Peter Ogura didn’t want to be an ambulance chaser.
One day, he drove by a florist having a going out of business sale, not knowing that it would change his life for the next 19 years. On a whim, he stopped and asked what was going to happen to the space. He walked out of the store with the landlord’s phone number, and after a few interviews, he became the new tenant of the small space on Hilyard Street.
A graduate of the University of San Francisco School of Law, Ogura decided against a law career to follow a “pipe dream” of opening his own bookstore.
“Perhaps it was the kind of law I seemed destined for. It was in popular parlances called ambulance chasing, plaintiffs’ personal injury litigation. It was very ridiculous and adversarial all the time. To be immersed in that adversarial business presents a skewed vision of the world,” Ogura says.
After living in San Francisco for 12 years, Ogura felt claustrophobic in the populated waterfront city. He could stand on his balcony and all he saw was “thousands upon thousands of houses and buildings”, so he escaped his cramped urban confines and headed 530 miles north to Eugene, Ore.
Ogura’s dream of owning his own bookstore came true when he started Black Sun Books, which carries new, used, and out of print books in Eugene’s Amazon neighborhood.
Ogura doesn’t carry a lot of bestsellers. He completely ignores romances and he shuns personal finance, business, or computer books. He believes “the attempt to be somewhat serious” in what the store carries differentiates Black Sun from its competitors.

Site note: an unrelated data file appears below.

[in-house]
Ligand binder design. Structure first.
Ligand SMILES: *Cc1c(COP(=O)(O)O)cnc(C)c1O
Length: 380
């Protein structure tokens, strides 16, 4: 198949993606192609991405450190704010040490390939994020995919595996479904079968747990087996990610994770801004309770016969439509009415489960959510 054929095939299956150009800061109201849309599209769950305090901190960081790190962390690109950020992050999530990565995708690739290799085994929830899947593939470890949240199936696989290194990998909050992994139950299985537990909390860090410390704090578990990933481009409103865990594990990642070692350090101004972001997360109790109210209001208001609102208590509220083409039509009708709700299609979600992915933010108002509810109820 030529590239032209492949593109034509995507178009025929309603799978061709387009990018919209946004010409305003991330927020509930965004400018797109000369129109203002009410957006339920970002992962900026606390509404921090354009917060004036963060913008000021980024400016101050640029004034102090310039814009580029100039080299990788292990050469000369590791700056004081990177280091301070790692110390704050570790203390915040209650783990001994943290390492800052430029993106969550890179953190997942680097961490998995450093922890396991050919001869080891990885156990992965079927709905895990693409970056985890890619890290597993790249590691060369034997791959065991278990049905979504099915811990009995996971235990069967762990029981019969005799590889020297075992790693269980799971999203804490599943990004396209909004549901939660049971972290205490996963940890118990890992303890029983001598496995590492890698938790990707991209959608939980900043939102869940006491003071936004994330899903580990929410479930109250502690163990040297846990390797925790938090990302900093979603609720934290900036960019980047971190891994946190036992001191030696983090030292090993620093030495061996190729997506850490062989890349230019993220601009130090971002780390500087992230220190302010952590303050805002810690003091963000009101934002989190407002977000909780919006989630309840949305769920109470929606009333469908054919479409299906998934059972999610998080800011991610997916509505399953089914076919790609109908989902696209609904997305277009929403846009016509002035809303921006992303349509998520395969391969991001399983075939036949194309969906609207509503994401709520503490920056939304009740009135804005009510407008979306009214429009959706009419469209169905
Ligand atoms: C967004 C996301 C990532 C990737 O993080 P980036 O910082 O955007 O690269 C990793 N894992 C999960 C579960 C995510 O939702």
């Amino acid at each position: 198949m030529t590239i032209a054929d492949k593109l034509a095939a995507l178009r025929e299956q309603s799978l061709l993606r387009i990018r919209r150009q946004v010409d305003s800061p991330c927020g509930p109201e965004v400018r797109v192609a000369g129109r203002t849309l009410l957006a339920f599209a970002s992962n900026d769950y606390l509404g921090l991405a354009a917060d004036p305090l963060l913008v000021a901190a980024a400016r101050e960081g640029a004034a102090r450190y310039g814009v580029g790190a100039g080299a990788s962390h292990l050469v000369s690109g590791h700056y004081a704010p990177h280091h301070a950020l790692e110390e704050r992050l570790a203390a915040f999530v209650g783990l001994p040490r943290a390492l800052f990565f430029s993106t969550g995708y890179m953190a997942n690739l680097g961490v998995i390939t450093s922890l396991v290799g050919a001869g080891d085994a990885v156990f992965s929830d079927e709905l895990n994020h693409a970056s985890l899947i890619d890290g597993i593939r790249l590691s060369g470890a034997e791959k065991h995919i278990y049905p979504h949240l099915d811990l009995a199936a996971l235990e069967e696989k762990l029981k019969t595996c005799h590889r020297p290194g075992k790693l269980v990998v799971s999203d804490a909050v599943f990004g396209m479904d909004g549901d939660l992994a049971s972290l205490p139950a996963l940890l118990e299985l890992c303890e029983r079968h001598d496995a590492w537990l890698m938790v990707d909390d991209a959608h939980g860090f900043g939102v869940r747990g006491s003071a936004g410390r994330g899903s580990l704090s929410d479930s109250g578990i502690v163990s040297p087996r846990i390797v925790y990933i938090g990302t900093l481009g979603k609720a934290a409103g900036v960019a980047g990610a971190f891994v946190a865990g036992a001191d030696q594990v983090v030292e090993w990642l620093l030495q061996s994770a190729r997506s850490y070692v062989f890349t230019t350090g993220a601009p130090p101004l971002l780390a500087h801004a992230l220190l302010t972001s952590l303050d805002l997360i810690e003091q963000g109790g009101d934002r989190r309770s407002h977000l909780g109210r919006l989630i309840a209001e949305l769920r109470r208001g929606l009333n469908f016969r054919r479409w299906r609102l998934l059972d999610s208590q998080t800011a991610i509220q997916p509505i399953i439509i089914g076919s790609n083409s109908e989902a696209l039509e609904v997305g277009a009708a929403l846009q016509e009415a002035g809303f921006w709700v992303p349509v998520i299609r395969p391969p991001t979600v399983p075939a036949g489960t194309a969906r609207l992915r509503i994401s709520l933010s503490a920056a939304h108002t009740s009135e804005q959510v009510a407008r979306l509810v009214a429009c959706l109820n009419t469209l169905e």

“Although anyone who is crazy enough to have a bookstore in 900 square feet is doing something different,” Ogura says with a smile.
Black Sun is exploding at the seams with books. Shelves filled with books take over almost every square inch of space in the small shop. Books are piled on the floors, on the counters, and cover the walls. The sheer amount of books is overwhelming.
The amount of books in the store doesn’t faze Ogura. “Compared to Powell’s of course, this is just a microfraction of what you could have,” he adds nonchalantly.
Ogura amasses his books from a mixture of publishers, distributors, and customers that walk through the door to sell their own books. He makes the decisions about what particular books to acquire and is personally passionate about the history, philosophy, and art genres. He also enjoys cookbooks and narratives about food.
When asked about his favorite book, Ogura quickly replies, “Oh that’s too difficult to answer. For it would be slighting all the other books to name but one.”
The man with the passion for books also faces the struggles of the changing media market and consumers’ gravitation towards electronic reading devices.
“This small business, it’s not like a grocery store,” he says. “If you own a grocery store, and a person comes to your store, they’re going to buy one item, if not more, otherwise they don’t come, whereas in a bookstore you get a lot of people who browse and for one reason or another, they’re not buying anything. It’s a more difficult business now because people tend to buy online.”
The main struggle is the bottom line, and trying to derive some kind of profit from the countless hours that Ogura devotes to his store and his dream. Although it’s not always easy, Ogura enjoys being his own boss. When people call and ask to speak with the owner, he happily answers that he is the owner, CEO, and janitor. And he wouldn’t have it any other way.